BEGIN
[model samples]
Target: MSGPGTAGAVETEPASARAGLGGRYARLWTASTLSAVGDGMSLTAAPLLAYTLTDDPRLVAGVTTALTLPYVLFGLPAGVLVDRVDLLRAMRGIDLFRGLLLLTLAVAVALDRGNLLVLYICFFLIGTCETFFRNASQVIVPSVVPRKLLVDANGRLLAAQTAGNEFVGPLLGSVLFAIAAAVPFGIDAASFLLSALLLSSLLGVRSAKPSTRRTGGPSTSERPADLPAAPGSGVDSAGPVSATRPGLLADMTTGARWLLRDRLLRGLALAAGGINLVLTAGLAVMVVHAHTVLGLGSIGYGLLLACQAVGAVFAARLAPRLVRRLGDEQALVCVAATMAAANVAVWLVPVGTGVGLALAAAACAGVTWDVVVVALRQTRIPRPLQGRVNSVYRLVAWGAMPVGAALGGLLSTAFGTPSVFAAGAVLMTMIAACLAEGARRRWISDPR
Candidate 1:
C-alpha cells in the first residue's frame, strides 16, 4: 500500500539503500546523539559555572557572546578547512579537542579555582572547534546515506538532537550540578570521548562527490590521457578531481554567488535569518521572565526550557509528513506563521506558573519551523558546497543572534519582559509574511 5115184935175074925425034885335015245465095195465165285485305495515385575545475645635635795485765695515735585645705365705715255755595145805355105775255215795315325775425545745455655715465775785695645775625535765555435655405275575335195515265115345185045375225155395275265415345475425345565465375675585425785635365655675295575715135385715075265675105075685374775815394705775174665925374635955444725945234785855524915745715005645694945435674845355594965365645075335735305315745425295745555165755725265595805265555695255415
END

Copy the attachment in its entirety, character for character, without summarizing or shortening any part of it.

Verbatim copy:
[model samples]
Target: MSGPGTAGAVETEPASARAGLGGRYARLWTASTLSAVGDGMSLTAAPLLAYTLTDDPRLVAGVTTALTLPYVLFGLPAGVLVDRVDLLRAMRGIDLFRGLLLLTLAVAVALDRGNLLVLYICFFLIGTCETFFRNASQVIVPSVVPRKLLVDANGRLLAAQTAGNEFVGPLLGSVLFAIAAAVPFGIDAASFLLSALLLSSLLGVRSAKPSTRRTGGPSTSERPADLPAAPGSGVDSAGPVSATRPGLLADMTTGARWLLRDRLLRGLALAAGGINLVLTAGLAVMVVHAHTVLGLGSIGYGLLLACQAVGAVFAARLAPRLVRRLGDEQALVCVAATMAAANVAVWLVPVGTGVGLALAAAACAGVTWDVVVVALRQTRIPRPLQGRVNSVYRLVAWGAMPVGAALGGLLSTAFGTPSVFAAGAVLMTMIAACLAEGARRRWISDPR
Candidate 1:
C-alpha cells in the first residue's frame, strides 16, 4: 500500500539503500546523539559555572557572546578547512579537542579555582572547534546515506538532537550540578570521548562527490590521457578531481554567488535569518521572565526550557509528513506563521506558573519551523558546497543572534519582559509574511 5115184935175074925425034885335015245465095195465165285485305495515385575545475645635635795485765695515735585645705365705715255755595145805355105775255215795315325775425545745455655715465775785695645775625535765555435655405275575335195515265115345185045375225155395275265415345475425345565465375675585425785635365655675295575715135385715075265675105075685374775815394705775174665925374635955444725945234785855524915745715005645694945435674845355594965365645075335735305315745425295745555165755725265595805265555695255415